"Neither do I condemn you," Jesus declared.
"Go now and leave your life of sin."
- John 8:11 NIV
If you've ever struggled with guilt and condemnation as I have, the above verse is for you as much as it is for me. The apostle John records that when a woman caught in the act of adultery was brought before Jesus, instead of condemning her, He forgave her. During Biblical times, according to Jewish law, people were stoned to death for this sin, so the Master's act of forgiveness here is truly remarkable. This passage should be a great comfort to all of us who have suffered the torment of guilt and condemnation after we've sinned. Jesus said, "Whoever believes in [Me] is not condemned, but whoever does not believe stands condemned already because he has not believed in the name of God's one and only Son." (John 3:18) And in John 5:24, Jesus says, "I tell you the truth, whoever hears My word and believes him who sent me has eternal life and will not be condemned; he has crossed over from death to life." These two statements make it clear that because we made the decision to put our faith in Christ and accept Him as our personal savior, we will escape God's judgment and condemnation. We are not condemned because Jesus was condemned on our behalf on the cross. The apostle Paul states this in Romans 8:1 when he writes, "There is now no condemnation for those who are in Christ Jesus."
One thing we have to keep reminding ourselves is that God does not condemn the believer. While He gives us His Holy Spirit, whose job it is to convict us of sin so that we'll confess it and repent of it, the truth is that condemnation comes from Satan. In fact, the name "Satan" means "Accuser." Making the believer feel condemned is the devil's job, and he's very good at it. He knows that if he can make us feel condemned every time we falter, he can cause us to feel so hopeless and helpless that we'll never be able to live the victorious, fruitful life that Christ died to give us. Satan also wants to keep us feeling condemned because he knows it will make God seem distant from us, and this is one of his greatest deceptions. Yes, it should grieve our hearts when we sin, because sin grieves the heart of God. But the Lord doesn't want us wallowing in guilt and self-pity; He wants us to confess our sin, receive His forgiveness, ask for His help to overcome the sin, and then move on. Unlike confession and repentance, which are healing and constructive, condemnation immobilizes us and stunts our spiritual growth. It steals our joy and, therefore, our strength. (Nehemiah 8:10) The Bible says that we should put on the whole armor of God each day so we can withstand the enemy's attacks. (Ephesians 6:14-17) This includes the breastplate of righteousness (which the Living Bible calls "the breastplate of God's approval") and the "sword of the Spirit, which is the word of God." Jesus defeated Satan with the written Word of God (Luke 4:1-13) and we must do the same. But we have to have a working knowledge of the Scriptures to do that. Psalm 119:11 says, "I have hidden Your word in my heart that I might not sin against You." The more we study and meditate on God's Word, the more we will be able to resist sin and overcome Satan. The next time the devil tries to assail you with guilt and condemnation, remind him that you are the righteousness of God in Christ (5:21), and the greater One lives in you (1 John 4:4)--and claim the victory that Jesus won for you! (1 Corinthians 15:57)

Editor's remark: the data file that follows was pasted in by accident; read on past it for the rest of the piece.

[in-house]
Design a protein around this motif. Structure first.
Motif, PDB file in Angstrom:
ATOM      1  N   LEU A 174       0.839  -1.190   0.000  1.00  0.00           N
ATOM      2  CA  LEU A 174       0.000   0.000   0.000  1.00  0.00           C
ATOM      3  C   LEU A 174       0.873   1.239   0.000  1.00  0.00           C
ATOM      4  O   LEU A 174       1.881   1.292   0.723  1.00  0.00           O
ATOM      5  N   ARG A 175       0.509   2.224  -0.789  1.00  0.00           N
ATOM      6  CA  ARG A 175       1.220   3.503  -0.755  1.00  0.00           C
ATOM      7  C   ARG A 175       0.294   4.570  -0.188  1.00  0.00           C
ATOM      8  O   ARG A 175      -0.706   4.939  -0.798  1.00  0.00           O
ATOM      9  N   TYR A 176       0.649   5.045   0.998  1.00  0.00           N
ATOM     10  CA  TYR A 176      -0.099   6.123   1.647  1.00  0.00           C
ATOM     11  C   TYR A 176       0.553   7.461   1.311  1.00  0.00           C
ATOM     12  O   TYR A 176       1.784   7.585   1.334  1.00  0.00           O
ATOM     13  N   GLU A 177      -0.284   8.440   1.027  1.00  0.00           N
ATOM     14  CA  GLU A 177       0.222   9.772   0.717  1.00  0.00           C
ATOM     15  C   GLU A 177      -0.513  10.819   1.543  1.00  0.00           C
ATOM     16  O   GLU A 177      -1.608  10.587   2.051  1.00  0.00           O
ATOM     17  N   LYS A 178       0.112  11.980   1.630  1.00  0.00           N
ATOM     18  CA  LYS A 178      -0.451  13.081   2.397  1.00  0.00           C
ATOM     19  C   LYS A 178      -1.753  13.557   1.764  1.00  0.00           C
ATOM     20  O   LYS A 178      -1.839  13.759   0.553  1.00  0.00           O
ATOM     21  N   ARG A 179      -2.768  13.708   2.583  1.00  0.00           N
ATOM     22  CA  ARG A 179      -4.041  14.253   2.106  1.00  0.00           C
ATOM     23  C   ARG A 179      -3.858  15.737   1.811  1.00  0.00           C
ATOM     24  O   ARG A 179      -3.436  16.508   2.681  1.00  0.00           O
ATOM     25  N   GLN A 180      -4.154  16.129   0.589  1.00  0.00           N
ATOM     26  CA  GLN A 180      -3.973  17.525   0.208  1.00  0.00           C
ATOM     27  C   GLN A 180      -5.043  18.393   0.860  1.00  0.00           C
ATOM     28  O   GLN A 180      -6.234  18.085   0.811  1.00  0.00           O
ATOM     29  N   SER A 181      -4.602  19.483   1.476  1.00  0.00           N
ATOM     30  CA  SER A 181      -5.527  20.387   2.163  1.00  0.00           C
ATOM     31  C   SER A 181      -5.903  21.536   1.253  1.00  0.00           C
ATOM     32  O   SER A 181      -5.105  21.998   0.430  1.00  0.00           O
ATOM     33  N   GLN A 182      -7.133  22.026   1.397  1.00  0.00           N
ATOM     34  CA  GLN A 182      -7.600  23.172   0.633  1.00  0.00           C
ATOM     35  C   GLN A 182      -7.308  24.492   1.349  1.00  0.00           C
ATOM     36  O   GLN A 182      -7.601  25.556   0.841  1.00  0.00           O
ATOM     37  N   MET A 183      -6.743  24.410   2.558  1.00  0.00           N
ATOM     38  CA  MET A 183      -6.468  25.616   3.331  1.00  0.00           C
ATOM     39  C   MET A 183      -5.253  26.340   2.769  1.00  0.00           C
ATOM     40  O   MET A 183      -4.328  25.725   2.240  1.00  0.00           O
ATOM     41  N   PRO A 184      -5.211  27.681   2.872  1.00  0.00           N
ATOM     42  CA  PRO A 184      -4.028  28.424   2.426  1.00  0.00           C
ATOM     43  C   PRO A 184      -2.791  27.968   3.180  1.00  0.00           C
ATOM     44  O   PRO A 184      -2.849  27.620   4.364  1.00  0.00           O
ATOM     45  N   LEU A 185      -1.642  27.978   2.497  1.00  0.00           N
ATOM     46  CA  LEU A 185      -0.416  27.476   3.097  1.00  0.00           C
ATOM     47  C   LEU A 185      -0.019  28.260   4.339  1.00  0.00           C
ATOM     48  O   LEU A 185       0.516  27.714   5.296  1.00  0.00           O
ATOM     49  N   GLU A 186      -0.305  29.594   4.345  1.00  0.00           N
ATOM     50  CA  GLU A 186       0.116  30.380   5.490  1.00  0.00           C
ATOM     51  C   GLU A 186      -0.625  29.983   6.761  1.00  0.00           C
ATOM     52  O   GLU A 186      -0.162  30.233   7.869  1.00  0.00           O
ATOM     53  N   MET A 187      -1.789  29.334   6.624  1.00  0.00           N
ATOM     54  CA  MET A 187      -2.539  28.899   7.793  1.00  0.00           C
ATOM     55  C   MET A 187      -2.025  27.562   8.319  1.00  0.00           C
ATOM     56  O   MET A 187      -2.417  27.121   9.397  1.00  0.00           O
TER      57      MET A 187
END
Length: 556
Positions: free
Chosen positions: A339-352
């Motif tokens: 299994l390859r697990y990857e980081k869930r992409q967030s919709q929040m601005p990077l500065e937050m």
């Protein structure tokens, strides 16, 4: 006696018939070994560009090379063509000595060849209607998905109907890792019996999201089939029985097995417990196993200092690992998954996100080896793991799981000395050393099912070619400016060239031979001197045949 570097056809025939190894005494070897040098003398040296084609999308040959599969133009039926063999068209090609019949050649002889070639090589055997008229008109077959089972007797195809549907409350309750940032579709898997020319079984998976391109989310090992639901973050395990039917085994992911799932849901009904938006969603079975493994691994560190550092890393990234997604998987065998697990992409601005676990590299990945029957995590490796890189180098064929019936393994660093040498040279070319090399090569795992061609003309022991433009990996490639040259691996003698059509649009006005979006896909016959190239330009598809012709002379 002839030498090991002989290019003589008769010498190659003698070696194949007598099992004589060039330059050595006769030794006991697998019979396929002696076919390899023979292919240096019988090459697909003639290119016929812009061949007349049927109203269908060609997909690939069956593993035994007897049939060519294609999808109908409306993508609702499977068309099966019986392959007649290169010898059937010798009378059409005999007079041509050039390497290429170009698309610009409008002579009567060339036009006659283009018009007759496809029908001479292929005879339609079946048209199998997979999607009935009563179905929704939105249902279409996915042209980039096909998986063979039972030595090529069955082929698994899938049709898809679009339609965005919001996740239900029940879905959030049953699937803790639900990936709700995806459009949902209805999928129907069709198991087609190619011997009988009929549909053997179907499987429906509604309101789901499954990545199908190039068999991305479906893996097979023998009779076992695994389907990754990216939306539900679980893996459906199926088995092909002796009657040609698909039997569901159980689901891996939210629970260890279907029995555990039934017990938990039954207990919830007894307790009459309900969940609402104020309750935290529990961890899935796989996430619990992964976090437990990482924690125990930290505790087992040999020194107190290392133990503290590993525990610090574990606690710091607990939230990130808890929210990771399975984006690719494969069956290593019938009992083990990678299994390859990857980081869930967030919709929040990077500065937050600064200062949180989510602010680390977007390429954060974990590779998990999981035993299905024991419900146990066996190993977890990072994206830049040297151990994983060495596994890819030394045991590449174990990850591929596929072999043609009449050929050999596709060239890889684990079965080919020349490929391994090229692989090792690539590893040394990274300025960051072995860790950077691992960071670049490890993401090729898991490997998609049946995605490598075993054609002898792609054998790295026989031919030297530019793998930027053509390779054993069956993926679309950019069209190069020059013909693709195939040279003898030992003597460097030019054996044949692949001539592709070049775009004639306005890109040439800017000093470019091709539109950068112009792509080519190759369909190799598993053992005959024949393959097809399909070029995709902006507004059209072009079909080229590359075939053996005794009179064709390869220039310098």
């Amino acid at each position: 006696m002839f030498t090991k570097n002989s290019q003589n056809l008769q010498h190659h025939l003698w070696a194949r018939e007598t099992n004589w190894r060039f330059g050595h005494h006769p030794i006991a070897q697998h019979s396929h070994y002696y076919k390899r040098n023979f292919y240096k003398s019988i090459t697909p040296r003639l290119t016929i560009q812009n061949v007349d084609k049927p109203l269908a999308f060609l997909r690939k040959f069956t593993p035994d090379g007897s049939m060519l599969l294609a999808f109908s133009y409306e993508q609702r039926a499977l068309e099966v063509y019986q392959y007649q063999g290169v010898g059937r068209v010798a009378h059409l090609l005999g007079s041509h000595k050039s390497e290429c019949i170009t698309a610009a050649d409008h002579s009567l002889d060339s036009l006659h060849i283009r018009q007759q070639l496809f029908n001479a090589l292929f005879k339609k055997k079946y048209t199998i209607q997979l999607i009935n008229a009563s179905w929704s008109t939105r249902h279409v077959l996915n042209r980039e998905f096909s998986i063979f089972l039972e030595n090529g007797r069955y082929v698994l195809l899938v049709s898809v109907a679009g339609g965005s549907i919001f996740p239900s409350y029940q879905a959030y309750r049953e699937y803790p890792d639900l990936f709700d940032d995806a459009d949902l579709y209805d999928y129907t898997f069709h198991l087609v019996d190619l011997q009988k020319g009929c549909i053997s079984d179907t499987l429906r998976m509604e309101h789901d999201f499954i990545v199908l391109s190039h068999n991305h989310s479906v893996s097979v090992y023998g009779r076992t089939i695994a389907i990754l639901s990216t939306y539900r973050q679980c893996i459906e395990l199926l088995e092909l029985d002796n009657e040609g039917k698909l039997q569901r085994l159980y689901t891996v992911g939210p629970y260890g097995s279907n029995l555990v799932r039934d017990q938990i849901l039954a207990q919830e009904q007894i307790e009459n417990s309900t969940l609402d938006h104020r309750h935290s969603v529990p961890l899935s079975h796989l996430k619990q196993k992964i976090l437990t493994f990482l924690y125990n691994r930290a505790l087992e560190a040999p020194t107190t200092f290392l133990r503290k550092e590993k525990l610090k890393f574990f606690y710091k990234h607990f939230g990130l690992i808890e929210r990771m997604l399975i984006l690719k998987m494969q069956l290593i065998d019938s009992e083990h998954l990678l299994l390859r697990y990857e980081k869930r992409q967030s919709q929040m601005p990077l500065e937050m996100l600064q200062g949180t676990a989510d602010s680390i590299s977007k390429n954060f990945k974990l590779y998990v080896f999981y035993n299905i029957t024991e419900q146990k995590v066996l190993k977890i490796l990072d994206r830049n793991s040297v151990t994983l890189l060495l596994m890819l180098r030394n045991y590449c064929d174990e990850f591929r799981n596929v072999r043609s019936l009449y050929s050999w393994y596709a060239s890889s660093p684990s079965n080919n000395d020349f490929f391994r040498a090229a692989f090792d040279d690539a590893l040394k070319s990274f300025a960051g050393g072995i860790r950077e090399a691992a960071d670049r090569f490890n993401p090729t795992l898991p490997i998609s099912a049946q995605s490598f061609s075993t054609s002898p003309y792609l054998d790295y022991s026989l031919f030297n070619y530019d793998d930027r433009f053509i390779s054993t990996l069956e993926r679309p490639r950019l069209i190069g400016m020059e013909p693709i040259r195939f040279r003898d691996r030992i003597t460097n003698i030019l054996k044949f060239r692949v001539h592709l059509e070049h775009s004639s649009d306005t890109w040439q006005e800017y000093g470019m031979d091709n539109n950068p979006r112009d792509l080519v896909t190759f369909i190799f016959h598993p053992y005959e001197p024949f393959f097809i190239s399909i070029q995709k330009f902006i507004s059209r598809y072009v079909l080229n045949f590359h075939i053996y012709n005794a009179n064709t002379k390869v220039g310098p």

Prayer: Lord, teach me to stand against the attacks of the enemy by continually acknowledging who I am in Christ, and acting accordingly. Give me a love for Your Word so that I'll study and meditate on it till it gets deep in my heart and makes me a doer of the Word. When I do sin, help me to be quick to confess and repent, and remind me of Your promise to forgive and cleanse me. (1 John 1:9) Thank You that my faith in Christ saves me from condemnation!
- J. M. Farro